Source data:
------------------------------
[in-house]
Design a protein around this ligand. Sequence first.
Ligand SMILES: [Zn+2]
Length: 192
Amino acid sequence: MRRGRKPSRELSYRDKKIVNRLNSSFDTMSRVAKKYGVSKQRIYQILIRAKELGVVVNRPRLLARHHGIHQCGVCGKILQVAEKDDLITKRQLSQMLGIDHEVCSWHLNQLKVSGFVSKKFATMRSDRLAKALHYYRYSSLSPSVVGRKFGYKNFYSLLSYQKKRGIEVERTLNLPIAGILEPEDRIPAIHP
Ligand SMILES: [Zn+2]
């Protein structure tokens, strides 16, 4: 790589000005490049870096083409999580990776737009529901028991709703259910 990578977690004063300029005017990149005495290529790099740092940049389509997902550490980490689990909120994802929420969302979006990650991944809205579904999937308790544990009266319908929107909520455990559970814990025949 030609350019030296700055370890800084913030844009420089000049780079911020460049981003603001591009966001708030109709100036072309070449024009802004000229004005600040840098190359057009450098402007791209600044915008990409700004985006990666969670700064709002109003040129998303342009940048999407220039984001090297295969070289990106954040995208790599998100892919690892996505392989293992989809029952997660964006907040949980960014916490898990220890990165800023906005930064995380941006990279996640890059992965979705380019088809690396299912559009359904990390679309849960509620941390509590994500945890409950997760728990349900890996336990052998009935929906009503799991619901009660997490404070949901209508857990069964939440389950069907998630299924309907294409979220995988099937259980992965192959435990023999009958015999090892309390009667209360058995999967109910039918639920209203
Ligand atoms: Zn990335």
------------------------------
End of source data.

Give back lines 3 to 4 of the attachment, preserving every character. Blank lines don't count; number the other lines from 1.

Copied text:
Ligand SMILES: [Zn+2]
Length: 192